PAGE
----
A freight train was deliberately derailed after hurtling through Western Australia at high speed for 50 minutes without its driver.
The 268-wagon train, owned by mining giant BHP, travelled for 92km (57 miles) with no-one on board in the outback Pilbara region on Monday.
The company said it had derailed the train remotely from Perth. It has since suspended its rail operations.
BHP said the incident had begun when the driver alighted to inspect a wagon.
"While the driver was outside of the locomotive, the train commenced to run away," the Australian Transport Safety Bureau (ATSB) said in a statement.
No-one was injured when the train, carrying iron ore, was derailed at 05:30 local time (18:30 Sunday GMT), the ATSB said. It has begun an investigation.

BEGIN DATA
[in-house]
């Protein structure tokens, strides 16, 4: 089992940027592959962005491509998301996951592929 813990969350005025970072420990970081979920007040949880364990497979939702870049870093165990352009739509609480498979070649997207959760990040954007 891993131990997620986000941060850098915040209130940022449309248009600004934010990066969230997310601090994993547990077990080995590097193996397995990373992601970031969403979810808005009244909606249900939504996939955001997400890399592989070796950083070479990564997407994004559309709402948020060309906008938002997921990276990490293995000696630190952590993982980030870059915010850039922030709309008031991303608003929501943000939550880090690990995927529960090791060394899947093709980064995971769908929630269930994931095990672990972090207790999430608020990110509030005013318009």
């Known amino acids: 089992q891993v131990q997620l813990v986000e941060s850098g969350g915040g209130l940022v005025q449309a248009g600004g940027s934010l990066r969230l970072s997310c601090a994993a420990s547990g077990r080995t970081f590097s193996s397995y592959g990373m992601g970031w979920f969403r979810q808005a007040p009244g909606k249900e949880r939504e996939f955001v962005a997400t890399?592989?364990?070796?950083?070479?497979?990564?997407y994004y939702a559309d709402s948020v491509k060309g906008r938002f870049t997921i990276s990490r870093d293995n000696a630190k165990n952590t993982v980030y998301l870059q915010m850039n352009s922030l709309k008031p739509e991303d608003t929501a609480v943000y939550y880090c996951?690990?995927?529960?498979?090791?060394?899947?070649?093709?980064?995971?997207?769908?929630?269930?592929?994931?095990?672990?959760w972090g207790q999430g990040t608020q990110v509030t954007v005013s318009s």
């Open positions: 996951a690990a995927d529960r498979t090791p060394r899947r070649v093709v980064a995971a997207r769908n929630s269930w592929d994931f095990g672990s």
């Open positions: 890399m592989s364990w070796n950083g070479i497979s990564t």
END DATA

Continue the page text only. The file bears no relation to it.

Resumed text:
BHP said the train had been travelling from its inland Newman mine to Port Hedland.
It was derailed near Turner, about 120km from its destination, damaging the train and a 1.5km section of track.
The train was estimated to have been travelling at an average speed of 110km/h (68mph).
BHP said the train had travelled through a sparsely populated region on the company's own tracks.
State Premier Mark McGowan described the incident as "very concerning".
"I am sure that there will be a full review undertaken by BHP, and I will consult about what role the state might have in that," he said on Tuesday.
The Anglo-Australian miner said it was likely to take a week to restore its operations.
In July, rival company Rio Tinto said it had become the world's first miner to complete a heavy freight journey with new driverless train technology.